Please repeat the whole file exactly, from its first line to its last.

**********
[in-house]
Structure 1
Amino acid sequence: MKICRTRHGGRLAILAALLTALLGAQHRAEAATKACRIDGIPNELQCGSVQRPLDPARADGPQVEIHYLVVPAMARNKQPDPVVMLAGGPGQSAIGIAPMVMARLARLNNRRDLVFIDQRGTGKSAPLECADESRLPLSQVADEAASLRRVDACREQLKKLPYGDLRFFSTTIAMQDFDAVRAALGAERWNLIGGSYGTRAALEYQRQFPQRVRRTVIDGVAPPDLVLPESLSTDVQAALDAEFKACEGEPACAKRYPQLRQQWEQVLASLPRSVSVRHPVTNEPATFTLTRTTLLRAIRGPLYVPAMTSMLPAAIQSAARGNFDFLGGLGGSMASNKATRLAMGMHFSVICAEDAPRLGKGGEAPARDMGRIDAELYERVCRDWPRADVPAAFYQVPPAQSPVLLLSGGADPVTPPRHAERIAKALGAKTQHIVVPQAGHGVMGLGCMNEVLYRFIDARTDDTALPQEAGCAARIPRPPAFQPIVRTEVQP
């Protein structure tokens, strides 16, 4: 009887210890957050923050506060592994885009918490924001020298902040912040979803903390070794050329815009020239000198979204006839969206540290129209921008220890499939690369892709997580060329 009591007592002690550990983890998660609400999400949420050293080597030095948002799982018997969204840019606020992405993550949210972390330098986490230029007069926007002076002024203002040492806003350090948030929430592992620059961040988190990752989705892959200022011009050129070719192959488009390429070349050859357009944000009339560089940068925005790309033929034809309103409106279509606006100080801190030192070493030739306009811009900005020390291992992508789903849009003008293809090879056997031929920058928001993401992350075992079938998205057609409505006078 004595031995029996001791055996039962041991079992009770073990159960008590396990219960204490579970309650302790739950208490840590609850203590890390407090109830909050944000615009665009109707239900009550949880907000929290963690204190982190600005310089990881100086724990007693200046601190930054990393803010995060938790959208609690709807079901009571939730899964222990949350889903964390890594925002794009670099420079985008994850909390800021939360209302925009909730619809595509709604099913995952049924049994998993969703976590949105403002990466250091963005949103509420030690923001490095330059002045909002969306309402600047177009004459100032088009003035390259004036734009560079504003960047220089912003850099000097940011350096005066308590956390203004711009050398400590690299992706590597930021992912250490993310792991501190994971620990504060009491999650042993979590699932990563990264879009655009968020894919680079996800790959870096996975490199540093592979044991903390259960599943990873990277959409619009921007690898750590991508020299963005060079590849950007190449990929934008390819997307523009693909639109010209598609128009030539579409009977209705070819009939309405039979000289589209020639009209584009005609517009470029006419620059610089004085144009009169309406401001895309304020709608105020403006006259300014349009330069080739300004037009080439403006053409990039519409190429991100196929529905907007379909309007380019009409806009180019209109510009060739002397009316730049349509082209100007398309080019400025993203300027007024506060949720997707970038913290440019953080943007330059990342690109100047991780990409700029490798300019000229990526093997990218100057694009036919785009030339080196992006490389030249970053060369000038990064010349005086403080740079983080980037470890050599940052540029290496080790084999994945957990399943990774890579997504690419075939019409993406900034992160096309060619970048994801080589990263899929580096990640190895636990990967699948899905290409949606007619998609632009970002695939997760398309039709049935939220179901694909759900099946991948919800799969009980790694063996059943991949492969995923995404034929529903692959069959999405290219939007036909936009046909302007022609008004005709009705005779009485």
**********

[in-house]
Structure 1
Amino acid sequence: MKICRTRHGGRLAILAALLTALLGAQHRAEAATKACRIDGIPNELQCGSVQRPLDPARADGPQVEIHYLVVPAMARNKQPDPVVMLAGGPGQSAIGIAPMVMARLARLNNRRDLVFIDQRGTGKSAPLECADESRLPLSQVADEAASLRRVDACREQLKKLPYGDLRFFSTTIAMQDFDAVRAALGAERWNLIGGSYGTRAALEYQRQFPQRVRRTVIDGVAPPDLVLPESLSTDVQAALDAEFKACEGEPACAKRYPQLRQQWEQVLASLPRSVSVRHPVTNEPATFTLTRTTLLRAIRGPLYVPAMTSMLPAAIQSAARGNFDFLGGLGGSMASNKATRLAMGMHFSVICAEDAPRLGKGGEAPARDMGRIDAELYERVCRDWPRADVPAAFYQVPPAQSPVLLLSGGADPVTPPRHAERIAKALGAKTQHIVVPQAGHGVMGLGCMNEVLYRFIDARTDDTALPQEAGCAARIPRPPAFQPIVRTEVQP
């Protein structure tokens, strides 16, 4: 009887210890957050923050506060592994885009918490924001020298902040912040979803903390070794050329815009020239000198979204006839969206540290129209921008220890499939690369892709997580060329 009591007592002690550990983890998660609400999400949420050293080597030095948002799982018997969204840019606020992405993550949210972390330098986490230029007069926007002076002024203002040492806003350090948030929430592992620059961040988190990752989705892959200022011009050129070719192959488009390429070349050859357009944000009339560089940068925005790309033929034809309103409106279509606006100080801190030192070493030739306009811009900005020390291992992508789903849009003008293809090879056997031929920058928001993401992350075992079938998205057609409505006078 004595031995029996001791055996039962041991079992009770073990159960008590396990219960204490579970309650302790739950208490840590609850203590890390407090109830909050944000615009665009109707239900009550949880907000929290963690204190982190600005310089990881100086724990007693200046601190930054990393803010995060938790959208609690709807079901009571939730899964222990949350889903964390890594925002794009670099420079985008994850909390800021939360209302925009909730619809595509709604099913995952049924049994998993969703976590949105403002990466250091963005949103509420030690923001490095330059002045909002969306309402600047177009004459100032088009003035390259004036734009560079504003960047220089912003850099000097940011350096005066308590956390203004711009050398400590690299992706590597930021992912250490993310792991501190994971620990504060009491999650042993979590699932990563990264879009655009968020894919680079996800790959870096996975490199540093592979044991903390259960599943990873990277959409619009921007690898750590991508020299963005060079590849950007190449990929934008390819997307523009693909639109010209598609128009030539579409009977209705070819009939309405039979000289589209020639009209584009005609517009470029006419620059610089004085144009009169309406401001895309304020709608105020403006006259300014349009330069080739300004037009080439403006053409990039519409190429991100196929529905907007379909309007380019009409806009180019209109510009060739002397009316730049349509082209100007398309080019400025993203300027007024506060949720997707970038913290440019953080943007330059990342690109100047991780990409700029490798300019000229990526093997990218100057694009036919785009030339080196992006490389030249970053060369000038990064010349005086403080740079983080980037470890050599940052540029290496080790084999994945957990399943990774890579997504690419075939019409993406900034992160096309060619970048994801080589990263899929580096990640190895636990990967699948899905290409949606007619998609632009970002695939997760398309039709049935939220179901694909759900099946991948919800799969009980790694063996059943991949492969995923995404034929529903692959069959999405290219939007036909936009046909302007022609008004005709009705005779009485």